Council considers ash tree removalSuperior’s City Council weighs options tonight to deal with the problem presented by emerald ash borer.
By: Shelley Nelson, Superior Telegram
Superior’s City Council weighs options tonight to deal with the problem presented by emerald ash borer.
After reviewing three options to address the potential for a large number of dying trees two weeks ago, city forester Mary Morgan is recommending the Council follow the least costly option. It’s one that would eliminate almost 3,000 ash trees from city rights of way by 2020 at a cost of $70,000. The plan includes replacing about 1,400 of those trees with diverse species of trees.
The cost for the proposal is about one tenth of that of an option that would stage removal over a longer period of time by treating and retreating ash trees over a period of 15 years until all the ash trees were removed and replaced with other species.
By 2028, all the existing city-owned ash trees, with an estimated $3.7 million annual value based on environmental benefits, would be gone despite treatment under the more costly proposal.
The emerald ash borer has killed millions of trees since its discovery in 2002 in the Detroit, Mich.-area.
While Milwaukee has found some success with treating its ash over the last five years, treatment started before emerald ash borer reached Wisconsin’s largest city. There, the cost to remove 36,000 public ash trees is estimated at $27 million.
“It’s better and cheaper for us to treat a majority of our trees,” said Ian Brown, Milwaukee’s urban forest technical services manager.
However, unlike Superior, Milwaukee has a designated forestry staff able to treat the trees. Superior would have to contract for the service.
For Vivian Markley, vice chairwoman of the Superior’s Urban Forest Tree Board, the less costly option is the more responsible one.
“I definitely think we should go with that option — I hate to say it,” Markley said. “Money is so important, the finances of our city, and we know eventually, we’re going to lose these trees anyway. I think we need to take these trees out, replant, and it needs to be done in a systematic way.”
In addition to considering the city’s overall strategy to address dying trees, which pose a threat to public safety, the Council considers options for funding.
Options include using about $20,000 from the tree fund to treat about 186 trees on Tower Avenue from North 28th to 54th streets and 75 trees on the East Second Street corridor. Treatment would buy about three years of life for the trees that grace city entrances.
Another option would use money from the fund to supplement the city’s tree planning budget, doubling the city’s annual $5,000 allocation. That would allow the city to plant 200 trees annually, which is part of the plan for removing the ash trees over six years.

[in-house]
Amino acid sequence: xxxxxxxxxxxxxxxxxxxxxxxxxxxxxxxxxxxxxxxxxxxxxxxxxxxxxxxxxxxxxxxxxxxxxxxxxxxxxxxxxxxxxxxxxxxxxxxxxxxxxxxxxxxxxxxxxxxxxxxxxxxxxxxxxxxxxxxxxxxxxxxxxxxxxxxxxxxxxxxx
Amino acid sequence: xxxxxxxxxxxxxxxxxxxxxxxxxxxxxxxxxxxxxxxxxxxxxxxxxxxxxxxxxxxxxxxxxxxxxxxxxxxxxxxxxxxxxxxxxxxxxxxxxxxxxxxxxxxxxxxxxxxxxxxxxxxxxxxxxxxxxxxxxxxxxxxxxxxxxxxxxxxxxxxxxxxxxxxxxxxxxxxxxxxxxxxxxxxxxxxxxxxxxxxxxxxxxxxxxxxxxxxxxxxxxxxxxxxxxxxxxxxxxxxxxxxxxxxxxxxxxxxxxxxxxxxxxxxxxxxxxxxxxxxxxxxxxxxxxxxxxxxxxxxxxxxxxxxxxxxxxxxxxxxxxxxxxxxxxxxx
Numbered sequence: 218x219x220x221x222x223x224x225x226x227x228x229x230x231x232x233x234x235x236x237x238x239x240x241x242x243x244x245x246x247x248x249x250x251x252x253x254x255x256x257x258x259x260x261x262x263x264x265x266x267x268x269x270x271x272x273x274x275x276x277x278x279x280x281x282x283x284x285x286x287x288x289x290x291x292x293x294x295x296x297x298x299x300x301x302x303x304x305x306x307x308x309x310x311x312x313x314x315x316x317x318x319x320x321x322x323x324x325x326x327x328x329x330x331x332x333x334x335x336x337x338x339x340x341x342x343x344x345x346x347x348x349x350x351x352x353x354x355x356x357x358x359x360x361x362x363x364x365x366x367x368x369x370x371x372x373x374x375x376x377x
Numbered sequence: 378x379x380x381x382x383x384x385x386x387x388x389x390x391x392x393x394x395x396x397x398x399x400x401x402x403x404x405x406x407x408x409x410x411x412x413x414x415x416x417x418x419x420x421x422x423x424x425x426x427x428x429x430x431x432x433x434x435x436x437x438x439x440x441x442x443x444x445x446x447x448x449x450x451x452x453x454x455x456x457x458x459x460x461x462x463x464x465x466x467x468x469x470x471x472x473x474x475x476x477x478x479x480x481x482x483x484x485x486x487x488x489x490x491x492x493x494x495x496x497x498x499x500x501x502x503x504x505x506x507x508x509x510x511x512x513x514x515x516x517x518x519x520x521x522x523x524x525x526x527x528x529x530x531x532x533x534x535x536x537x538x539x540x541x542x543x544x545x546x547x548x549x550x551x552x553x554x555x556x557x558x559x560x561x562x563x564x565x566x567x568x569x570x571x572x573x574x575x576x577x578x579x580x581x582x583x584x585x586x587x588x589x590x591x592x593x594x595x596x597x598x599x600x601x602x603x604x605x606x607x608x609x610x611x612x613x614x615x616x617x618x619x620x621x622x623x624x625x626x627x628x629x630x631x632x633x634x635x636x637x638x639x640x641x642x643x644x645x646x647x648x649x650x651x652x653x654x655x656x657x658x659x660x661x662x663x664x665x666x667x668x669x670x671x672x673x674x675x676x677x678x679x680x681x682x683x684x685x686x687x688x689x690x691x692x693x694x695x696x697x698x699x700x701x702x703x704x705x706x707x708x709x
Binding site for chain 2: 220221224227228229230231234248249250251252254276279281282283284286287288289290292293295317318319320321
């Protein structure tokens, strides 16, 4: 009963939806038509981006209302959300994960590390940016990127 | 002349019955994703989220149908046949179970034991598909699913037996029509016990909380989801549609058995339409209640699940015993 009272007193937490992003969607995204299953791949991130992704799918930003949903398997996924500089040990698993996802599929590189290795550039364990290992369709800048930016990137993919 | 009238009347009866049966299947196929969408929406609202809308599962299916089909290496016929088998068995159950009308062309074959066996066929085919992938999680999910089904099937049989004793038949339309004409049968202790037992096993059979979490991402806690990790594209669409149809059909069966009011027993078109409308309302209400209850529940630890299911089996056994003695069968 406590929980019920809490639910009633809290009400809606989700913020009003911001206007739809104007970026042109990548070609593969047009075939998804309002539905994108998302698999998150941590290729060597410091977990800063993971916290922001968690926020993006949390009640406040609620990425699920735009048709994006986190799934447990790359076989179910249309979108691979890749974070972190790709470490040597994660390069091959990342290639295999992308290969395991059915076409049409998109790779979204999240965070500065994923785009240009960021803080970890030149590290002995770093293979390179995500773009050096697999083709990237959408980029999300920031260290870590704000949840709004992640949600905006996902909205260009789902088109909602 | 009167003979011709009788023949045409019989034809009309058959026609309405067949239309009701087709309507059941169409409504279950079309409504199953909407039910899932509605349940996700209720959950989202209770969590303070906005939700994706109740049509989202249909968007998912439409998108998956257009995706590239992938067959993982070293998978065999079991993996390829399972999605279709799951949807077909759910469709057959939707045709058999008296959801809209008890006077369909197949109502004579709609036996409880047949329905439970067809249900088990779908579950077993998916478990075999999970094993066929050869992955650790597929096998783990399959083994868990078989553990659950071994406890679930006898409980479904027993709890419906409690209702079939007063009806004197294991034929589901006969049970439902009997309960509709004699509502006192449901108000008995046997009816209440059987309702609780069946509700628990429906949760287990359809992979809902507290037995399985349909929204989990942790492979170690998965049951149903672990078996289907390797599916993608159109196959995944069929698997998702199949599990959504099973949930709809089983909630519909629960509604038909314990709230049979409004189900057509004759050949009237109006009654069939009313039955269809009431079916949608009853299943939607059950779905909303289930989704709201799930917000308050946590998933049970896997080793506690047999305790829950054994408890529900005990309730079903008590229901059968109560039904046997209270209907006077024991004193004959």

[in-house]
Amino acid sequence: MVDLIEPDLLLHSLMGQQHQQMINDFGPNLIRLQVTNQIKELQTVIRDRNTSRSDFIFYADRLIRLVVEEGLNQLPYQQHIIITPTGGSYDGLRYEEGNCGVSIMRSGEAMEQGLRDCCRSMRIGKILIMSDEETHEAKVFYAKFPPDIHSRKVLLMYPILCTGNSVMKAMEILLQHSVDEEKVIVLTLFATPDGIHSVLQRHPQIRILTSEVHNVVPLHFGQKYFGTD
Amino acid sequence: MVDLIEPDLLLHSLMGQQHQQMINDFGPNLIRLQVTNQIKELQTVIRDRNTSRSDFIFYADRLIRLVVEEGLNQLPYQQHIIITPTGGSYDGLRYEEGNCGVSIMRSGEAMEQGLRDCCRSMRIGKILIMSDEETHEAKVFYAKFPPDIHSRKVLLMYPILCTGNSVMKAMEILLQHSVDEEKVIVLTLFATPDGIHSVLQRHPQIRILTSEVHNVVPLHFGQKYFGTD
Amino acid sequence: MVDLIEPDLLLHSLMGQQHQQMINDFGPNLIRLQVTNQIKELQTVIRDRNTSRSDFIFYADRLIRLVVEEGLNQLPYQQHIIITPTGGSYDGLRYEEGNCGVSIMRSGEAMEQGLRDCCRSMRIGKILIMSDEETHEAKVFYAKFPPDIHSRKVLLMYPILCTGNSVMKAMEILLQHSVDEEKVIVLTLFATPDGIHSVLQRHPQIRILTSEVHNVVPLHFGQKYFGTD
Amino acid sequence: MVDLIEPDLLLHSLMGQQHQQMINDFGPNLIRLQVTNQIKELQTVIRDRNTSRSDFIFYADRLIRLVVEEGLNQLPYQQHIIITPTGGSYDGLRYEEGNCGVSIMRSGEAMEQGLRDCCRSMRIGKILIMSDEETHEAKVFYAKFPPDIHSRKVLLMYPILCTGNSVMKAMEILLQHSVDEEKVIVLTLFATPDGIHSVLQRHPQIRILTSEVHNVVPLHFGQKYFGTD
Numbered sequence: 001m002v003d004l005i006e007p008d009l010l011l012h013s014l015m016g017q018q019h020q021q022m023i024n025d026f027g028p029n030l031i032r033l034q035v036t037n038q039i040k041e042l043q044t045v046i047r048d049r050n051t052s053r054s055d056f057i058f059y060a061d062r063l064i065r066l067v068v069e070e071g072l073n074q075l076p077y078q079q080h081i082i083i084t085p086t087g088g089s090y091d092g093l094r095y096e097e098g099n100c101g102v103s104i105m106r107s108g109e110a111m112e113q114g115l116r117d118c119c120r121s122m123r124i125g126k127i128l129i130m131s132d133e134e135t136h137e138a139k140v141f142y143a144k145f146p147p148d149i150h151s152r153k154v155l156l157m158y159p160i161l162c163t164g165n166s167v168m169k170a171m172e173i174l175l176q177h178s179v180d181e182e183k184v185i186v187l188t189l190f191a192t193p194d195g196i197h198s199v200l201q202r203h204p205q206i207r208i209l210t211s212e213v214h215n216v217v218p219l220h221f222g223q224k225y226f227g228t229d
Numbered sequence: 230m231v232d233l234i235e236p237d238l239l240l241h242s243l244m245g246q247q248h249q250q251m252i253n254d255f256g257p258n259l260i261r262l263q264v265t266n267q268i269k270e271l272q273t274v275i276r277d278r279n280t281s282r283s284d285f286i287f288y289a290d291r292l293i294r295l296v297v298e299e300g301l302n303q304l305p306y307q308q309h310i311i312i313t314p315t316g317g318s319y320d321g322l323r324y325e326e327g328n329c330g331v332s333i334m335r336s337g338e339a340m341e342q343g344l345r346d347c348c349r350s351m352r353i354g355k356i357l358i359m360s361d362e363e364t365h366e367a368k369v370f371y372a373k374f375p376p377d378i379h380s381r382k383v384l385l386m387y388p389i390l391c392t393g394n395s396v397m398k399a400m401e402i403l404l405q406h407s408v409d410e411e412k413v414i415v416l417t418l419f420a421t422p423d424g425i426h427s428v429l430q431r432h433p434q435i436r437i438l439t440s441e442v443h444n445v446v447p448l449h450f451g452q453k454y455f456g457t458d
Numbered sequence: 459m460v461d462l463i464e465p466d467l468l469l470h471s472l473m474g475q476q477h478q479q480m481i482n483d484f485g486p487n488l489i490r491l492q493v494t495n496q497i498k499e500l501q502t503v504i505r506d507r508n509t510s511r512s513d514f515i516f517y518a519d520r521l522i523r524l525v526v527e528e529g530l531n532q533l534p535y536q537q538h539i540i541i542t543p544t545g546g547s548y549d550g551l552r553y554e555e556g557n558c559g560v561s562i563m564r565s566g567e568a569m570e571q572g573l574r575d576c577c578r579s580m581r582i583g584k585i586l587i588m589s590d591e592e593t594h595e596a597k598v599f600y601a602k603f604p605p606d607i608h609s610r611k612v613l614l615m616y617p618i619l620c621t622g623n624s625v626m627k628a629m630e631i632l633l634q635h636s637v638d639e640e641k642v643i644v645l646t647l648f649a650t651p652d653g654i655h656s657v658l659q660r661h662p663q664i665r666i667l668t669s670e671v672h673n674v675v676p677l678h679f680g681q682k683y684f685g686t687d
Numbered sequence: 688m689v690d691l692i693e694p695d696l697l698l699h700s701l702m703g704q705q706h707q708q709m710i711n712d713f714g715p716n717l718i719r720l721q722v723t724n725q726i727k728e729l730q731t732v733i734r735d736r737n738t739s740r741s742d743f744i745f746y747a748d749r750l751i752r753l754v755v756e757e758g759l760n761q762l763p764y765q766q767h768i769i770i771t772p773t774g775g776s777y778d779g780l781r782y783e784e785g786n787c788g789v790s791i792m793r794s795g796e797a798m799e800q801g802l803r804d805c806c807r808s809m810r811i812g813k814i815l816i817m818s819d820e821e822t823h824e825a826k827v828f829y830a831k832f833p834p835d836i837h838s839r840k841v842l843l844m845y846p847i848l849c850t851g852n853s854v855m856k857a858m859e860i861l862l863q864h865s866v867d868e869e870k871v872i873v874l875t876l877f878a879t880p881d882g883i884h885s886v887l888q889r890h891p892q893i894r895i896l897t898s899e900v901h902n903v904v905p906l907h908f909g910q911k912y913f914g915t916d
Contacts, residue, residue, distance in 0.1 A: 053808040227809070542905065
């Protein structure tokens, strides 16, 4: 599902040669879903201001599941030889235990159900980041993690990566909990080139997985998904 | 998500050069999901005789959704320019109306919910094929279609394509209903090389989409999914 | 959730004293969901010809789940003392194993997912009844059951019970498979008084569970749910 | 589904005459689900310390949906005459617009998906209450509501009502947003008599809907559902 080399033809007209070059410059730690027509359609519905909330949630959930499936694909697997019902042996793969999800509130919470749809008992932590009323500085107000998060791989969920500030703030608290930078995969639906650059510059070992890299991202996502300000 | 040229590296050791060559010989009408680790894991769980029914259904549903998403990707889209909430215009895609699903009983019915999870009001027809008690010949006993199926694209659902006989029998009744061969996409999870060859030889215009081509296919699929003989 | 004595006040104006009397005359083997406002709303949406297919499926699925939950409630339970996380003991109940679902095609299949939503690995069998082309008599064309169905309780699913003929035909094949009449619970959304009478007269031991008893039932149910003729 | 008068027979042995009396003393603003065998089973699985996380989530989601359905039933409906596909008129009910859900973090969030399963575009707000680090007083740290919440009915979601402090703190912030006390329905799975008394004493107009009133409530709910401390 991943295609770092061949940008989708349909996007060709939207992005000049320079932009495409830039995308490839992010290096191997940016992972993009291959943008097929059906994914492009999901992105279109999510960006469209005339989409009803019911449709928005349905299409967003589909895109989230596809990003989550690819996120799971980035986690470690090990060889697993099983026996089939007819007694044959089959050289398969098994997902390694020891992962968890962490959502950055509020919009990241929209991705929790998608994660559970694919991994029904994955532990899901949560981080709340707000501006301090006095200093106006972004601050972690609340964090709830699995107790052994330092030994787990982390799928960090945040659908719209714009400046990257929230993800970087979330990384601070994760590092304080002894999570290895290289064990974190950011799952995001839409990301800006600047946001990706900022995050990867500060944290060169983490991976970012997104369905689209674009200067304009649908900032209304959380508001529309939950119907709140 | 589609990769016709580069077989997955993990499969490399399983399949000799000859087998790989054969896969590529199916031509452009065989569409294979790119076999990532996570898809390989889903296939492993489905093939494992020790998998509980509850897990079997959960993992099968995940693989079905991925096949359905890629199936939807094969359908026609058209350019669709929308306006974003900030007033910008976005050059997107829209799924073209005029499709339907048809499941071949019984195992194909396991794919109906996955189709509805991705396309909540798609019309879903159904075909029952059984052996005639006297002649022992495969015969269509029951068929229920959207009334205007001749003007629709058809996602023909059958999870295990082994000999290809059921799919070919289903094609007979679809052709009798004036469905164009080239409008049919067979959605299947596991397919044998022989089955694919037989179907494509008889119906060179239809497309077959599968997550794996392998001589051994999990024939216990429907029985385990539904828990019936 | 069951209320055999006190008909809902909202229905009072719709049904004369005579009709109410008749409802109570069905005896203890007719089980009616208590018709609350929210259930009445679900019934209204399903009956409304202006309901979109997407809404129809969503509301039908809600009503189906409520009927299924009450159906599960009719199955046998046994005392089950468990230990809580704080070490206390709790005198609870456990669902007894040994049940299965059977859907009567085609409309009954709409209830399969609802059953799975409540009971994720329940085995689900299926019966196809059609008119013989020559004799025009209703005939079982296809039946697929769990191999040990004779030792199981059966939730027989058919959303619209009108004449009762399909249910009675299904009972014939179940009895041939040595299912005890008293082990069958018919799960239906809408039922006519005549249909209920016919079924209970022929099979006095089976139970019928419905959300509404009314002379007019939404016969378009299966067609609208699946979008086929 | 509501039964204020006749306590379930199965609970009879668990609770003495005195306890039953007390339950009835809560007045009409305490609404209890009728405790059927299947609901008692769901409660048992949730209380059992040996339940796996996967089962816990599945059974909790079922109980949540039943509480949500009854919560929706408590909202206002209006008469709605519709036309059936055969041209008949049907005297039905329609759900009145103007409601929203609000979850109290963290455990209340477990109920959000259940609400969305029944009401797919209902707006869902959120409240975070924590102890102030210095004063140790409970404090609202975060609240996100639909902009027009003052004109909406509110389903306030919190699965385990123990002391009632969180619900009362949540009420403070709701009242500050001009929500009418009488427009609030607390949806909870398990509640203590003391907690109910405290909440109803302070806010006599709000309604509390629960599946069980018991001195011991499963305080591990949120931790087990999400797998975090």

“In recent years, we have had some very generous donors through the Tribute Tree Program,” Morgan said.
She said by using the tree fund, the Council doesn’t have to carve away from other projects for either option.
In addition, Morgan said she has applied for a tree-planting grant of $5,000 through the American Transmission Company, and she will continue to seek opportunities like that to help with the replanting effort.
“It’s so important that people in our city, in each of the districts, know that this is happening,” Markley said.
Citizens really need to be at that meeting, Markley said. She said she’s been encouraging people to attend because many property owners have ash trees in their yard, and the effect of the metallic green beetle is going to affect them too.
As the owner of a five-acre parcel in Billings Park, where Markley planted two ash trees when she built her home 30 years ago, she said she too is facing the loss of trees that are beautiful right now.
Whatever option the council picks, Morgan said private citizens could still elect to treat boulevard trees in their neighborhoods — and she’s had some willing to do that. However, residents need to get a free permit so the city knows where they are.
However, if the tree is showing signs of distress — dieback in the canopy of 50 percent or more, leaning, suckering — the tree would be taken.
There is the danger the city could be overwhelmed by dead trees of way at some point, Morgan said.
“If the tree dies, and the branches fall onto homes, cars or citizens, the city is liable for those damages,” Morgan said. “That is the case of any tree that is planted in the public right of way. Further, as the trees fail, the likelihood of storm damage grows” making high winds, heavy rain and blizzards more hazardous.
“I think we need to just take care of the problem now,” Markley said. “By treating we are putting more and more money every couple of years in the treatment, where that money could be better used in the replanting.”